EU not seeking ‘systematic confrontation’ as rival China grows

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European Union leaders have warned against being drawn into a confrontation with China and a breakdown in ties but said they would stand up for their principles and independence in relations with Beijing.

During a summit in Brussels on Friday, the 27-nation bloc held three hours of strategic talks on its approach to China as President Xi Jinping tightens his grip over an ever more assertive Beijing.

Torn between the desire to access China’s vast markets and condemnation of its rights abuses in the Xinjiang region, as well as aggressive policies in Hong Kong and towards Taiwan, the EU has struggled to fashion a cohesive stance towards Beijing.

“This discussion showed a very clear will to avoid being naive, but neither did we want to embark into a logic of systematic confrontation [with China],” summit host and EU Council President Charles Michel said on Friday.

Michel insisted the bloc has its “own model to develop” at a time of intensifying rivalry between China and the United States.

“We will always be firm in standing up to defend our principles, democracy, fundamental freedoms,” Michel said.

Since 2019, the EU has officially regarded China as a partner, an economic competitor as well as a systemic rival.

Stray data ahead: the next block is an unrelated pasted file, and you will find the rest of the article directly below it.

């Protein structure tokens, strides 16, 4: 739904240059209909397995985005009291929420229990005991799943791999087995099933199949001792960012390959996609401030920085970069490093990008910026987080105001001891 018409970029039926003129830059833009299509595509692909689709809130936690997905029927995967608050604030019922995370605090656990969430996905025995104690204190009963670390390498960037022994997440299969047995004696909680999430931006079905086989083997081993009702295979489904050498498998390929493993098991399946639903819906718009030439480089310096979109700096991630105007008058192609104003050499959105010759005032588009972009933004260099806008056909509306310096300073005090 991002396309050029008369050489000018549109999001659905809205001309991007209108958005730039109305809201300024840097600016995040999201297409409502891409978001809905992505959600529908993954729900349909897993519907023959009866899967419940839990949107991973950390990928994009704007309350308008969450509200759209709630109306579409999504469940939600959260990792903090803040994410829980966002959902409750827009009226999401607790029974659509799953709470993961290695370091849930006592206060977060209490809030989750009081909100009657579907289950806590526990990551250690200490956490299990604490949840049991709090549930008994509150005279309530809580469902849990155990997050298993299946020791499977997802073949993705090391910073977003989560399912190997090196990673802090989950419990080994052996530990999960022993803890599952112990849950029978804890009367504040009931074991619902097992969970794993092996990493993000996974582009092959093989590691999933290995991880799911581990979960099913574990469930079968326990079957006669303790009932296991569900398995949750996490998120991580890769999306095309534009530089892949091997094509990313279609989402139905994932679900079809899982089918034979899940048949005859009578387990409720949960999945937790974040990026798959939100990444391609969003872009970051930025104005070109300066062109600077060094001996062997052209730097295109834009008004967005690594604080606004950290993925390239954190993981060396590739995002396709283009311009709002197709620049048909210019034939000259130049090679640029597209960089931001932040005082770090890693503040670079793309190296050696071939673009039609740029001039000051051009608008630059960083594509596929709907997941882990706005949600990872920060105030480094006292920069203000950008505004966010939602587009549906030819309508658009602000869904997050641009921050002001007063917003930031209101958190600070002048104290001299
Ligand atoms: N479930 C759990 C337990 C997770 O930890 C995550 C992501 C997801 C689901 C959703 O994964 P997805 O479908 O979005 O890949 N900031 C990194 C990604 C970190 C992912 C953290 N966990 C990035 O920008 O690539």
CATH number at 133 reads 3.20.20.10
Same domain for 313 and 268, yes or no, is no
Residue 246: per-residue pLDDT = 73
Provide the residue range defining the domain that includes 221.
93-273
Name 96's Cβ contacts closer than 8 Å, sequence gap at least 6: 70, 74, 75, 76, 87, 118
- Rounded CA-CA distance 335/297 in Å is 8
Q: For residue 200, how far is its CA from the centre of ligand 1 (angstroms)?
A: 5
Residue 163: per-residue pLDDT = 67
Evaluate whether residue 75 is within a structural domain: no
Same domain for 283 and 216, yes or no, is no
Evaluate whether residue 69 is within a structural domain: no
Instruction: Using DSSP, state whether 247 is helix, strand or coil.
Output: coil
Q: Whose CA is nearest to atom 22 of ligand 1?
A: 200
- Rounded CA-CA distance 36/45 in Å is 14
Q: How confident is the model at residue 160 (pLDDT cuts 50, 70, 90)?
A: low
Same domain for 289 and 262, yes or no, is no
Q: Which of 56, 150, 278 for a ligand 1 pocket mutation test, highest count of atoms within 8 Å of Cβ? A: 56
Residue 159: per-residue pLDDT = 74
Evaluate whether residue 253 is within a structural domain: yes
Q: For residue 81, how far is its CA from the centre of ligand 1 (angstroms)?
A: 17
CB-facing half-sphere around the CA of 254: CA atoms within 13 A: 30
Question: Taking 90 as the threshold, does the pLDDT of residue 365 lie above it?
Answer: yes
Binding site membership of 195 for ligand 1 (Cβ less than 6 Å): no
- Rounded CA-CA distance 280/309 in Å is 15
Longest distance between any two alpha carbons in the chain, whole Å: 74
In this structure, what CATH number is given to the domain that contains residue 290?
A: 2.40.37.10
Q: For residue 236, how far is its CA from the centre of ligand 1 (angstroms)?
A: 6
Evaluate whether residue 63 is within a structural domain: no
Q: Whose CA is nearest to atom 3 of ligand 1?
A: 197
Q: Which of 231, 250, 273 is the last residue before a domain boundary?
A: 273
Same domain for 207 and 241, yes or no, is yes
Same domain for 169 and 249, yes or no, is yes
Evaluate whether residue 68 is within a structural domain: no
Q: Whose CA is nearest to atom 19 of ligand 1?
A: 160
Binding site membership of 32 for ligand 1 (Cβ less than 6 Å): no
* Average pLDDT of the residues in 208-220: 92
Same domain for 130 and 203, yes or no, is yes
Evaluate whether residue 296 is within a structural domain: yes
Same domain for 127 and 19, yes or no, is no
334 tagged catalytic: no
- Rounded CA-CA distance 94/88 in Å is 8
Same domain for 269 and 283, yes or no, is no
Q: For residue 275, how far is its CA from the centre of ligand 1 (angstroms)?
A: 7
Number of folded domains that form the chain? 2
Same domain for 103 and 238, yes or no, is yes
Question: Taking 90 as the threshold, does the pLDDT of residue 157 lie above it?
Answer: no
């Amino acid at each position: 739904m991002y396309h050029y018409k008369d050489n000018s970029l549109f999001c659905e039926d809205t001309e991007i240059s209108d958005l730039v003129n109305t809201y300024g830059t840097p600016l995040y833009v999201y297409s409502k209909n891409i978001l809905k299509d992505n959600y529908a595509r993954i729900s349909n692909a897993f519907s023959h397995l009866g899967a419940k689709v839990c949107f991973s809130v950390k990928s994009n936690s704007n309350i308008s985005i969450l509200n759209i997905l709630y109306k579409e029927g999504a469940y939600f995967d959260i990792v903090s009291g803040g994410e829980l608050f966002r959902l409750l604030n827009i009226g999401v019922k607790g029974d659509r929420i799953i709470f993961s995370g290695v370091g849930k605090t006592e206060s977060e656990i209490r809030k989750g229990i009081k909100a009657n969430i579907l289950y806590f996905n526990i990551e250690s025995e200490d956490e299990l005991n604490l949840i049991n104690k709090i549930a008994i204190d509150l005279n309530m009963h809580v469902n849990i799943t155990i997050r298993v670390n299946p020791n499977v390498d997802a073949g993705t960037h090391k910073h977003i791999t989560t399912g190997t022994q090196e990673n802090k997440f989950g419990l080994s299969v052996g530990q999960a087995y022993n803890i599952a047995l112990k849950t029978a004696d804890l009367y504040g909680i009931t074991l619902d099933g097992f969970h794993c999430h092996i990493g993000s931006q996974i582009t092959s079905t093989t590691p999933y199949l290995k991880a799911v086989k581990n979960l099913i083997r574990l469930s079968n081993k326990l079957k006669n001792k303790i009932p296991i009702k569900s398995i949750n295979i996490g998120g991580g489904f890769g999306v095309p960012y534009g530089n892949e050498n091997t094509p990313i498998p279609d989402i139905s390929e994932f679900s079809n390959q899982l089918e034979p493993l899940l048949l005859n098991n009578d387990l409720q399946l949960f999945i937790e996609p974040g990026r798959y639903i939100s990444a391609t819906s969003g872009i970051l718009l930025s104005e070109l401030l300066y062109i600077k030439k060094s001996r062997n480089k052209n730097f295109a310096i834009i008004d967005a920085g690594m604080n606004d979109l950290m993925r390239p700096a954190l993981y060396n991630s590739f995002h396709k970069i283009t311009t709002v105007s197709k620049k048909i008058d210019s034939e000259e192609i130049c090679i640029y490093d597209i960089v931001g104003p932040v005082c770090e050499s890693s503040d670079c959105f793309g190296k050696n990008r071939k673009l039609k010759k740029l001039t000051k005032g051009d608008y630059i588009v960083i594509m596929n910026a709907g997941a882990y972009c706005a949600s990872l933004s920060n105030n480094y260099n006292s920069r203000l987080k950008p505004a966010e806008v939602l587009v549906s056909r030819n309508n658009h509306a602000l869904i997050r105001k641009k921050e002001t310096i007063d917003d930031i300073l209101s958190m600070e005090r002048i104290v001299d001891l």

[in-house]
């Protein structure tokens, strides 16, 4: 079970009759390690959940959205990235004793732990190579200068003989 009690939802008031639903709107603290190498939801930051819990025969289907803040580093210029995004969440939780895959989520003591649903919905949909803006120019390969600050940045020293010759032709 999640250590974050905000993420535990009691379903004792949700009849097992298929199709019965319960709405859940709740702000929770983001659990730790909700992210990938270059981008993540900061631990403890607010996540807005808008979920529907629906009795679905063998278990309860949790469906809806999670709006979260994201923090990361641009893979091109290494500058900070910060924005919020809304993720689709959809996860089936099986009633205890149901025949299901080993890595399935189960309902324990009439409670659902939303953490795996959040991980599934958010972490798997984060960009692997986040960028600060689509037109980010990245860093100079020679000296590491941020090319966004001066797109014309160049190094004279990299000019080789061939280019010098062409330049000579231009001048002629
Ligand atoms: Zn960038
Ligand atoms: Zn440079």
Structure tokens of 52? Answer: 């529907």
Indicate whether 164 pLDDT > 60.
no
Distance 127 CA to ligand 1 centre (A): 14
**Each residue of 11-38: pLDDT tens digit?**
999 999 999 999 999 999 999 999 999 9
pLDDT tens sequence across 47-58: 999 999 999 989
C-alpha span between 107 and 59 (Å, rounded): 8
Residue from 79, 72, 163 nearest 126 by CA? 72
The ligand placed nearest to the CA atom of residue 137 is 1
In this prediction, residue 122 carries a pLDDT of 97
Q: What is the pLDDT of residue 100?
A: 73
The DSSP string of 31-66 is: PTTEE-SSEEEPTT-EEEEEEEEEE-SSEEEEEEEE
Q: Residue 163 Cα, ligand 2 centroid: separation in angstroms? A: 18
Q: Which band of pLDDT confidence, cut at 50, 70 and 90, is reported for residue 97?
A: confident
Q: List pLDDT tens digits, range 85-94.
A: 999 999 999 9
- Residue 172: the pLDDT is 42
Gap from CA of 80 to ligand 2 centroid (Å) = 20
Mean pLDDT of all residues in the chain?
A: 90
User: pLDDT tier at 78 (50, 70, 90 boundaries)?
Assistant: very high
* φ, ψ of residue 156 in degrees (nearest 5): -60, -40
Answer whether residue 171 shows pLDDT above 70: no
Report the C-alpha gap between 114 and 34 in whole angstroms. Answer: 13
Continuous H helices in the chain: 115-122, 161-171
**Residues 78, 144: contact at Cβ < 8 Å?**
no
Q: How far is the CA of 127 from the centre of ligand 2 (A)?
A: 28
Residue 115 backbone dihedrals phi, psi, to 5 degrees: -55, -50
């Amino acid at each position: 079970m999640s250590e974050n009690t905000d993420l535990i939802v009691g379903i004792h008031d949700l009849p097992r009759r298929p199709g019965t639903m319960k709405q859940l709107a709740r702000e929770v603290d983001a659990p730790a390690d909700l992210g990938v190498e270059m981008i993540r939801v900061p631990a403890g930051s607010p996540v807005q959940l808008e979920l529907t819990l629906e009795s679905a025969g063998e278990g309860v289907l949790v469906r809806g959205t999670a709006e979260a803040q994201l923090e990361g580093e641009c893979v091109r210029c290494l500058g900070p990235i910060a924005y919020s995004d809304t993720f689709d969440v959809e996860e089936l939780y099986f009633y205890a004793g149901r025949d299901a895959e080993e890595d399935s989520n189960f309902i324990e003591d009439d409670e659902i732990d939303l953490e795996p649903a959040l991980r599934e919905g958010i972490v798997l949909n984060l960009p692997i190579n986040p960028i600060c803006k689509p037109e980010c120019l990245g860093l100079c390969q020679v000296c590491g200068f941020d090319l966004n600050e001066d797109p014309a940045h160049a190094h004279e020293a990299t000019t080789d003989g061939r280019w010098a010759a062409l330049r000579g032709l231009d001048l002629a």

An EU foreign policy paper prepared for the summit stated that Beijing should now be thought of primarily as a competitor which is promoting “an alternative vision of the world order”.

European Commission President Ursula von der Leyen said Beijing was “continuing its mission to establish its dominance in East Asia and its influence globally”. She also warned about the close ties between China and Russia, despite the international condemnation of Moscow’s invasion of Ukraine.

“These developments will affect the EU-China relationship,” von der Leyen said.

The EU is also keen to ensure it does not fall into a trap — as it did with Russia — of becoming dependent on China for critical raw materials and technologies.

“Obviously, we have to be very vigilant when it comes to dependencies. And we’ve learned our lesson,” von der Leyen said.

Responding to the comments by EU leaders, a spokesperson for China’s Mission to the EU said late on Friday that the “deeply ideology-orientated remarks” reflected the views of some people who “cling on to bloc politics mindset, priding their own values as the absolute truth and wantonly imposing their ideology on others”.

“China…equally opposes and urges all to stay alert to the rising clamour for ideological confrontation, which might lead to clashes or even confrontations among civilisations,” the spokesperson said in a statement.

China is committed to peace, friendship and cooperation with other countries, and believes that “China and the EU are partners rather than rivals, and that China-EU cooperation far outweighs our competition”, the spokesperson said.